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Quest for stability in East Africa

By Dave Marks Miami Times, April 14-20, 2004

Claiming the stability of East Africa is important for strategic global interests, Prince Ermias Sahle-Selassie Haile Selassie of Ethiopia addressed an audience of Pan-Africanists and people concerned about Africa last week at Florida international University. [Prince Ermias] is the President of the Ethiopian Crown Council and a grandson of the former Ethiopian ruler Haile Selassie I.

Since being deposed in 1974, the Ethiopian royal family has lived in exile. But [Prince Ermias] still lobbies on behalf of Ethiopian interests and for the greater interests of the region historically referred to as the Horn of Africa. He hopes to find receptive audiences and seeks to force policy makers to consider the Crown’s point of new.

The Horn is traditionally an important sea route as a large part of world trade goes through the Suez Canal and Red Sea. [Prince Ermias] told The Miami Times: “In the war against terrorism, it’s a strategic location where different forces are converging.”

One of [Prince Ermias]’s major concerns is Ethiopia’s relationship with their northern border nation Eritrea. There has been a volatile situation between the two nations, as Eritrea became independent from Ethiopia, and the two nations had a costly war in the l990s.

[Prince Ermias] felt Eritrea is in economic decline and he accused them of training mercenaries to try to attack and destabilize Ethiopia. “Eritrea wants international sup¬port.” said [Prince Ermias]. “That’s why they will attack.”

With Eritrea being a volatile situation in the north, Ethiopia is currently landlocked without a seaport. [Prince Ermias] felt that without Ethiopia being able to enter into port agreements with neighboring Somaliland and Djibouti, Ethiopia’s economy will be destabilized.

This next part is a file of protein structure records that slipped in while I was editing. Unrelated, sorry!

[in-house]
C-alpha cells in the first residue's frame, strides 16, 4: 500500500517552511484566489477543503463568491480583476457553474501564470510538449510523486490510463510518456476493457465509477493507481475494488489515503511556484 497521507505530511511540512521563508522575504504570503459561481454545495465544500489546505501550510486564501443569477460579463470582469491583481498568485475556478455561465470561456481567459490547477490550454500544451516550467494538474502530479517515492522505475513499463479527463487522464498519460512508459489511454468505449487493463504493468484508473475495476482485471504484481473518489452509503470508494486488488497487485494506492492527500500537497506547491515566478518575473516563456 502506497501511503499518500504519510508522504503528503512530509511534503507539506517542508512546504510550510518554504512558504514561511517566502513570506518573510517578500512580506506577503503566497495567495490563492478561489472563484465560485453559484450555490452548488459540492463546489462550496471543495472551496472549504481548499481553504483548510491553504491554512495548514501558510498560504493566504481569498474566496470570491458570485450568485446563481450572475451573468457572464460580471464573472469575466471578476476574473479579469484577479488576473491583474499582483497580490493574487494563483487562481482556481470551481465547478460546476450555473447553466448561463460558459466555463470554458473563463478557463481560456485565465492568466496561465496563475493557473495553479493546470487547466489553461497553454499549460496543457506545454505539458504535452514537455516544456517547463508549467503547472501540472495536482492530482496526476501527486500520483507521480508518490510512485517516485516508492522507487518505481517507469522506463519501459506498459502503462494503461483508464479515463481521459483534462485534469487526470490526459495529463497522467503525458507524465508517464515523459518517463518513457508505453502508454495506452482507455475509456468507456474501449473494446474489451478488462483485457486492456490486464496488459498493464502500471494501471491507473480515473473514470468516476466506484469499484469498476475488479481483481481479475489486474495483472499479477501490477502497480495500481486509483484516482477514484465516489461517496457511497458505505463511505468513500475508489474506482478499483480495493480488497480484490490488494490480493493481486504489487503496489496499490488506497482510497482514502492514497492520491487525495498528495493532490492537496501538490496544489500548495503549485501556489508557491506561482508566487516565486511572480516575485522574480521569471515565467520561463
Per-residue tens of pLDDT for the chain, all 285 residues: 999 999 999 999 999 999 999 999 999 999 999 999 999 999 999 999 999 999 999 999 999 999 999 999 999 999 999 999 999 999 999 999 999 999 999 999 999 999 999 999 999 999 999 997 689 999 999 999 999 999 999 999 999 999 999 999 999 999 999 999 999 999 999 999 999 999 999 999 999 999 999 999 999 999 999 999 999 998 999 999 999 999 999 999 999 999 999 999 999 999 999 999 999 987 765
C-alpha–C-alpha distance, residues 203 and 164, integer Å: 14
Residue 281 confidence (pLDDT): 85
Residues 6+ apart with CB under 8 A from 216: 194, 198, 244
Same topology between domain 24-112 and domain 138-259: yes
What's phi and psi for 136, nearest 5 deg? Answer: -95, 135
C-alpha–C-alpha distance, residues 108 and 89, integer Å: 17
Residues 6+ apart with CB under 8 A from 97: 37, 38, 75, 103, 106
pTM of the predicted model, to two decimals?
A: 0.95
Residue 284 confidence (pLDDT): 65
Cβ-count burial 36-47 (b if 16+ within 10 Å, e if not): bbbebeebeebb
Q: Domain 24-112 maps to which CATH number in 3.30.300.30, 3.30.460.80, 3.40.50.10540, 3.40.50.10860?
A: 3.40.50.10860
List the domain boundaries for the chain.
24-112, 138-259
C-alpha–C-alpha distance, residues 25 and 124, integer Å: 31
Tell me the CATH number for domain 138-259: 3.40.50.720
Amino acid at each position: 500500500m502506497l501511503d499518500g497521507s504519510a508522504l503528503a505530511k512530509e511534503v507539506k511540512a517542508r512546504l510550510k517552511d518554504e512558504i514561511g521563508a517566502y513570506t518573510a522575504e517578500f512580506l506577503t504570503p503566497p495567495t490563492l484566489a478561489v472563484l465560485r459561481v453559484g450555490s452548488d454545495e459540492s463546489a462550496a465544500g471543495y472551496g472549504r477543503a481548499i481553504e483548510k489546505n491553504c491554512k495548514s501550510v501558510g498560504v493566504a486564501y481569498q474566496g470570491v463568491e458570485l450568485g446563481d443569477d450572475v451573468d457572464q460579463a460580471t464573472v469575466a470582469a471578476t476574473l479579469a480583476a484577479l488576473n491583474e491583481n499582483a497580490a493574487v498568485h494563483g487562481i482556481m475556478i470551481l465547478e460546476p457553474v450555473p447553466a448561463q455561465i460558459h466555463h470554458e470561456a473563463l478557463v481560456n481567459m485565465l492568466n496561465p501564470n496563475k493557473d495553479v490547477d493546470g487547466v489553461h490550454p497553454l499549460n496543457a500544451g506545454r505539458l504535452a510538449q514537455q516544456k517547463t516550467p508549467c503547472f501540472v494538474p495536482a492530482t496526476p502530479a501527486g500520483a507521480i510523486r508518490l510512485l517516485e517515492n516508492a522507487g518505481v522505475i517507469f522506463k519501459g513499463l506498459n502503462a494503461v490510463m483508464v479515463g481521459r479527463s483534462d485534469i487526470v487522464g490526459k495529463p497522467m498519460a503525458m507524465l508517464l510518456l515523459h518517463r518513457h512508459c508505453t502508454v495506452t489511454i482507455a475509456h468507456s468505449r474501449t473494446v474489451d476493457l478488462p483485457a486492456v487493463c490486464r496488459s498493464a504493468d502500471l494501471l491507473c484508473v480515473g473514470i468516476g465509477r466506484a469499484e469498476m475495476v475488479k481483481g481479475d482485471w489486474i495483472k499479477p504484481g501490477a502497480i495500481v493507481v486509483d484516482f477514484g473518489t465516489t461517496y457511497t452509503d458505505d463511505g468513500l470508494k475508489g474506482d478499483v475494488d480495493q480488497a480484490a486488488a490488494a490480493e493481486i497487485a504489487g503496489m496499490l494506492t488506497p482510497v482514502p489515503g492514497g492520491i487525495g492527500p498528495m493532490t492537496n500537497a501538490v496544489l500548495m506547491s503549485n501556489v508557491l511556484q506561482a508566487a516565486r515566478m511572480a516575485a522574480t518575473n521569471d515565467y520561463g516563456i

Djibouti was seen as a good alternative by [Prince Ermias], since they are friendly with the U.S. and assisting in the war on terrorism. Somaliland presents a problem. Although [Prince Ermias] would like to see Ethiopia enter into a port agreement with them, Somaliland is not recognized as a separate nation from Somalia.

Somalia is the southern half of the territory and a former Italian colony, but there is no government in Somalia. Somaliland is the northern half that was ruled colonially by the British, but it has a stable government that broke away from the south in 1991. However it is not recognized.

“Africa’s wealth has been its curse, that’s why it’s attracted outside exploitations, said [Prince Ermias]. We must promote awareness. education and people-to-people dialogue. Some countries are moving toward& that but it will take some time.”

Many in the audience at Florida International University seemed to be interested in the whole “Selassie Rastafari Lion of Judah” aspect of the Crown.

That has been referred to popularly as Rastafarianism, as a religion/movement that seems to have strong roots in Jamaica and was made more popular by the late international reggae superstar Bob Marley. [Prince Ermias] seemed to shy away from questions from audience members that seemed to back the belief that his grandfather is to be deified. There was also slight controversy when two female students spoke out at the question and answer session and tried to suggest to everyone in attendance that they should be worshipping Jesus alone.

[Prince Ermias] felt the Crown can play a role in contributing to a better understanding between Ethiopia and Eritrea. He also felt the Crown should have a place in future Ethiopian society, but he would not like to see the old monarchy return, he believes in democracy.

We have to use the best of our traditional cultures, but make a climate where democracy can thrive.” said [Prince Ermias].